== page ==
The main difference between the Committee procedure and the expert procedure is that the Committee is a standing Committee appointed by the federal ministers while the expert procedure is an ad hoc arrangement with the responsibility for appointments, the appointments being shared between the Minister and the relevant regulator. Both procedures allow for the resulting unitization order to be revisited but both provide that the original tract participations factors will not be subject to change (s 45 and s 48.25).

8. The expert  procedure

a. Triggering the expert procedure

It is clear from the above that there may be resort to the expert procedure in a number of different circumstances. In the order prescribed by the Act these circumstances are as follows:

1. Referral by either the federal minister (on behalf of the NEB) or the appropriate regulator in the event that the parties cannot agree on the terms of a development plan in relation to any proposed work or activity in a transboundary pool or field that is the subject of a joint exploitation agreement (s 5.1(8) & (9)).

2. Referral by either the federal minister or the appropriate regulator in the event that the parties cannot agree on the terms of a benefits plan in relation to any proposed work or activity in a transboundary pool or field that is the subject of a joint      exploitation agreement (s 5.2(8) & (9)).

3. Referral by either the NEB or the appropriate regulator in the event that the parties cannot agree whether a pool exists, whether the pool is transboundary or its delimitation (s 48.14(2)).

4. Referral by either the Minister or the appropriate regulator in the event that the parties cannot agree on the terms of joint exploitation agreement in relation to a transboundary pool (s 48.18(2).

5. Referral by the Minister and the appropriate regulator on the application of working interest owners owning at least 65% of the interests in a unitization agreement for a unitization order (s 48.21).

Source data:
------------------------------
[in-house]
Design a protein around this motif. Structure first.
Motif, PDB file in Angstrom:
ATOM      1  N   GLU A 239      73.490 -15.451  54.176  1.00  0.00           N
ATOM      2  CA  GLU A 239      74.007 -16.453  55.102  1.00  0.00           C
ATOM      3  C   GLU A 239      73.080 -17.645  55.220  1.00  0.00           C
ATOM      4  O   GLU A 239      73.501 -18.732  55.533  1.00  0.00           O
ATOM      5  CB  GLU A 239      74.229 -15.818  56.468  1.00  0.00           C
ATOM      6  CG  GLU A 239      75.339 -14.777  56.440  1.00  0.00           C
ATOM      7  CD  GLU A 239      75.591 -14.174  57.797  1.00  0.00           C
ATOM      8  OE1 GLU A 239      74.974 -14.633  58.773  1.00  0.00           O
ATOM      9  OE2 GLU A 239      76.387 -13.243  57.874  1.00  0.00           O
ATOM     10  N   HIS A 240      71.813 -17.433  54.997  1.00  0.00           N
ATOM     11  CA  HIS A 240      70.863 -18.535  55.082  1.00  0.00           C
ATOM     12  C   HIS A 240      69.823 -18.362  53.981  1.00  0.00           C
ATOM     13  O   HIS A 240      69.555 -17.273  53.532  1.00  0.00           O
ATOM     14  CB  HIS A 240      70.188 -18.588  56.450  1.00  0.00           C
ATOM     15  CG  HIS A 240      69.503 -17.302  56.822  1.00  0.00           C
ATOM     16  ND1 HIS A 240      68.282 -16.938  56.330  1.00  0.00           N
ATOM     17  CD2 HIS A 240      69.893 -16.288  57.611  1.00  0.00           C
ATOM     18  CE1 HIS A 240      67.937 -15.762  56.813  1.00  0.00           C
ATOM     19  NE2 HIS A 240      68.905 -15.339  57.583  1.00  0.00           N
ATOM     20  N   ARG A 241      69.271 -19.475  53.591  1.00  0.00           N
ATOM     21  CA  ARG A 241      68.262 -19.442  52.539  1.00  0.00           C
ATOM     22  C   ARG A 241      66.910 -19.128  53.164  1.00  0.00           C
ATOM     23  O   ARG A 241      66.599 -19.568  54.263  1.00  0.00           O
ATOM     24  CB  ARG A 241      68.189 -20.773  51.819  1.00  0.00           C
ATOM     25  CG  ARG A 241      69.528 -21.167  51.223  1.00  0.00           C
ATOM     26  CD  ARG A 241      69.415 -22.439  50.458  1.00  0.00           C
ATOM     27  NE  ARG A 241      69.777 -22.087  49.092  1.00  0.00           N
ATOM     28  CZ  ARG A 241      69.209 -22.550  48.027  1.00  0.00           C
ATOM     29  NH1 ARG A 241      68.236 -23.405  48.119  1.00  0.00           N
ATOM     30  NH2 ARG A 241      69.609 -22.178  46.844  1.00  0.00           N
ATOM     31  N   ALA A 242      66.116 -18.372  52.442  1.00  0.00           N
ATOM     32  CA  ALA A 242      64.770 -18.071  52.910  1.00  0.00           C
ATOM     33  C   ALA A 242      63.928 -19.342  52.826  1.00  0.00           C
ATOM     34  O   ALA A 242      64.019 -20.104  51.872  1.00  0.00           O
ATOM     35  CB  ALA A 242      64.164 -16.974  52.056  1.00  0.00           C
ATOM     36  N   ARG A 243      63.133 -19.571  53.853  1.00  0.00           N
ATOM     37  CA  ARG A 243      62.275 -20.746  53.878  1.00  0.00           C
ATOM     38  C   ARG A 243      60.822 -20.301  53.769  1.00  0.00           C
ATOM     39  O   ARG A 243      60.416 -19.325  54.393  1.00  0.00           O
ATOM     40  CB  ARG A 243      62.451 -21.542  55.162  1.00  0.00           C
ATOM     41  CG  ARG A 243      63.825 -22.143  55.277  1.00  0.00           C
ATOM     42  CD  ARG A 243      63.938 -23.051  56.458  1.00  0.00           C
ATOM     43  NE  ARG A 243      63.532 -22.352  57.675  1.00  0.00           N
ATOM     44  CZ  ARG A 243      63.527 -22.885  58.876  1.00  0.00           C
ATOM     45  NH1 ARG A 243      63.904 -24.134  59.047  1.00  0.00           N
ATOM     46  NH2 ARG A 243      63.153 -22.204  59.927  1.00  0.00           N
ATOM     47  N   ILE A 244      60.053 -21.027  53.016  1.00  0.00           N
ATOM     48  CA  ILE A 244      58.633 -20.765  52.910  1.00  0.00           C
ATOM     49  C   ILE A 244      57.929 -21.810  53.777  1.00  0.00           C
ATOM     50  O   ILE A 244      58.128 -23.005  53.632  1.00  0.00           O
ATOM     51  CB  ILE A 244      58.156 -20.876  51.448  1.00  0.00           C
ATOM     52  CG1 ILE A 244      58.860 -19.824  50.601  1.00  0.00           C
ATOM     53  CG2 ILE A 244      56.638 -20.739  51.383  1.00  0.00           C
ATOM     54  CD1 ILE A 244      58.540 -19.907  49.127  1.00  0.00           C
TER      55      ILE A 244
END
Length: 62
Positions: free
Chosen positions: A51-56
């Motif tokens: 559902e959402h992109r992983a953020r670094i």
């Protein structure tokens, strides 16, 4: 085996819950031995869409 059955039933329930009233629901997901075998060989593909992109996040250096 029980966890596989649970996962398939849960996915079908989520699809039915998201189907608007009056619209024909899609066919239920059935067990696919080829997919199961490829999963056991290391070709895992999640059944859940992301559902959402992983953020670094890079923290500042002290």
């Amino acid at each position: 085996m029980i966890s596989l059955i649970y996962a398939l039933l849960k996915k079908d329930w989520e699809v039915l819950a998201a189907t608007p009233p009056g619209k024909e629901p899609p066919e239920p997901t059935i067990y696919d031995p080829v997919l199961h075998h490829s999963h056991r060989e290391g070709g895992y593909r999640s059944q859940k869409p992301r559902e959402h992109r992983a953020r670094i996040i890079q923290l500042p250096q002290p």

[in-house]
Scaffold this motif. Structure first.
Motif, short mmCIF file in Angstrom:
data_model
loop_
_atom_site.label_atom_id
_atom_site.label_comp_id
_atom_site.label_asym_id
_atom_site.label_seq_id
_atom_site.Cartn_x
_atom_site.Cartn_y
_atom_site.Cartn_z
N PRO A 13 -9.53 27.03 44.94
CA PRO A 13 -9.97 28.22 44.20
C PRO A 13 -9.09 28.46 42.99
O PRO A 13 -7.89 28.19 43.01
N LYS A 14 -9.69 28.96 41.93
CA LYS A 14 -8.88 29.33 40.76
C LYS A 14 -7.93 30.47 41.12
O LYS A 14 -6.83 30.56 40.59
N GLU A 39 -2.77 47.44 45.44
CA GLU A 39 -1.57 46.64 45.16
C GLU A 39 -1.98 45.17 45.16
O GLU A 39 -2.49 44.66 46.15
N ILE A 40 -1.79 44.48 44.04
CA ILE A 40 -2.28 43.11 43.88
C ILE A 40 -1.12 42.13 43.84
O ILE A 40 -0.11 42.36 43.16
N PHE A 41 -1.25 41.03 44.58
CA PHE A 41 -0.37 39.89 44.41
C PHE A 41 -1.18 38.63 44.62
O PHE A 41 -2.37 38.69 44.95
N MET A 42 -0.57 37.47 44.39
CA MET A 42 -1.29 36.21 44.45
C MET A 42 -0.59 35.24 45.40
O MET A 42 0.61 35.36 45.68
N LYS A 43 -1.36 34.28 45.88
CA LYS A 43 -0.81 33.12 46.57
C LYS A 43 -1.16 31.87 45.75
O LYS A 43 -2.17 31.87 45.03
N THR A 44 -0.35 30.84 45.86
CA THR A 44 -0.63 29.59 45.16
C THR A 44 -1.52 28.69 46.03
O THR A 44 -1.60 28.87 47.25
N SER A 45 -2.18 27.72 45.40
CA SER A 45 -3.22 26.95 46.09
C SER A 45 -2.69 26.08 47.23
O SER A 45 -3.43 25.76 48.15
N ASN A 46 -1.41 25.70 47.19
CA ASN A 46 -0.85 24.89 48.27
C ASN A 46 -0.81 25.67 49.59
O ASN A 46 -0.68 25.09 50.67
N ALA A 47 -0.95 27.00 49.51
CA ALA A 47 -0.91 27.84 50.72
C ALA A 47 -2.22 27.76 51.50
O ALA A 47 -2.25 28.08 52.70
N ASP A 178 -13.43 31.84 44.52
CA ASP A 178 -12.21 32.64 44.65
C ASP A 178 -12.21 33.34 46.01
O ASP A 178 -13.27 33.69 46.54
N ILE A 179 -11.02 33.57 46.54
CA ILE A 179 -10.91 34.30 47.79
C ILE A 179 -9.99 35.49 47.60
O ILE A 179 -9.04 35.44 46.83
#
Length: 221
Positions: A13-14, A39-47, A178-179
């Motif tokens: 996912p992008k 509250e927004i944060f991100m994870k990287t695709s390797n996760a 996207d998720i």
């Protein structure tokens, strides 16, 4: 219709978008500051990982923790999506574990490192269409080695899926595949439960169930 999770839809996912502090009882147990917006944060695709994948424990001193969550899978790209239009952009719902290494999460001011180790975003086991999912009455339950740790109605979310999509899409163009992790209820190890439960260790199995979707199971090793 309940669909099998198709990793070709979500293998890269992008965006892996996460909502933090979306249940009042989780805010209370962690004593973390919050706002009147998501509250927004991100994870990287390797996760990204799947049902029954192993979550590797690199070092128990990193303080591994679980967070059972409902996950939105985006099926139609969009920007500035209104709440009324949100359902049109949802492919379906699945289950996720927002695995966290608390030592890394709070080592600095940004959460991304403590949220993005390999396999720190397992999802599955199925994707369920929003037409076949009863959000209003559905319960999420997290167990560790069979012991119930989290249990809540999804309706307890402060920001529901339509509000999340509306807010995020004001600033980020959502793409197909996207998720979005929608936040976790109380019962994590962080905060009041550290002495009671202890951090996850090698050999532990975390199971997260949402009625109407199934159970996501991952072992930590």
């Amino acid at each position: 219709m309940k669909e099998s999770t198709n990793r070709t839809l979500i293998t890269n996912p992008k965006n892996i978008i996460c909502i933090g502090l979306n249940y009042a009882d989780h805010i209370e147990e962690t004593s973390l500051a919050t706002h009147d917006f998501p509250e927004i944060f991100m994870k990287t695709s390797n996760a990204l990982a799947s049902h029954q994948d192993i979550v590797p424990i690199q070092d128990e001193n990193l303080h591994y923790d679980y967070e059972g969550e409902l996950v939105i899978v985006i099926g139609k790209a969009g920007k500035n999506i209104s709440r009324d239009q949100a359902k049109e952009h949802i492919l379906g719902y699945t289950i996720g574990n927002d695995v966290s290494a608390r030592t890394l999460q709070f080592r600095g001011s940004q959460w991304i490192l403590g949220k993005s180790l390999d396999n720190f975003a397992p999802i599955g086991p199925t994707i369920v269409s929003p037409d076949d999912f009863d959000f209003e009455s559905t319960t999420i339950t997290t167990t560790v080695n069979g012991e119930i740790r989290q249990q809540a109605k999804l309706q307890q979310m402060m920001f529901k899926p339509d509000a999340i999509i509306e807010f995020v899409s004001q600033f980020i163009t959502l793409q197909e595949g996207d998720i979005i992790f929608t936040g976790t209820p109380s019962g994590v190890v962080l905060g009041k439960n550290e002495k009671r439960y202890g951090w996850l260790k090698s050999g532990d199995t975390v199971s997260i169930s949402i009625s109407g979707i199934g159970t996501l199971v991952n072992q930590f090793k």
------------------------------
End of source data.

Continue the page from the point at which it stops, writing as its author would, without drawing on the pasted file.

6. Referral by the Minister and the appropriate regulator on the application any working interest owner subject to a unitization order (s 48.24) for an amendment to the order.

It will be observed that on the federal side in some cases referral is by the NEB, in other cases by the Minister, and in still other cases by both the Minister and the appropriate regulator.

b. The appointment of an expert

Where the parties (and note that the parties will vary based upon who may be entitled to make the referral) cannot agree on the appointment of a single expert each shall appoint one member. Those members so appointed shall agree upon the appointment of a chairperson in default of which the Chief Justice of the Federal Court is to make the appointment (s 48.27(3)). The statute is silent as to what happens in the event that one party fails to appoint its expert. Regardless of the appointing party, the expert is to be “impartial and independent, and have knowledge or experience relative to the subject of disagreement between the parties” (s 48.27(4)). The expert’s decision is “final and binding on all parties specified in the decision” from the date specified in the decision, subject to any opportunity for judicial review (s 48.27(7)).

c. The procedure to be followed by the expert

s 48.22(1)), much like the procedure prescribed for the Committee under s 41(1)). The subsequent language of s 48.22 does not track the language of s 41(1) and seems unnecessarily convoluted.

C. Some observations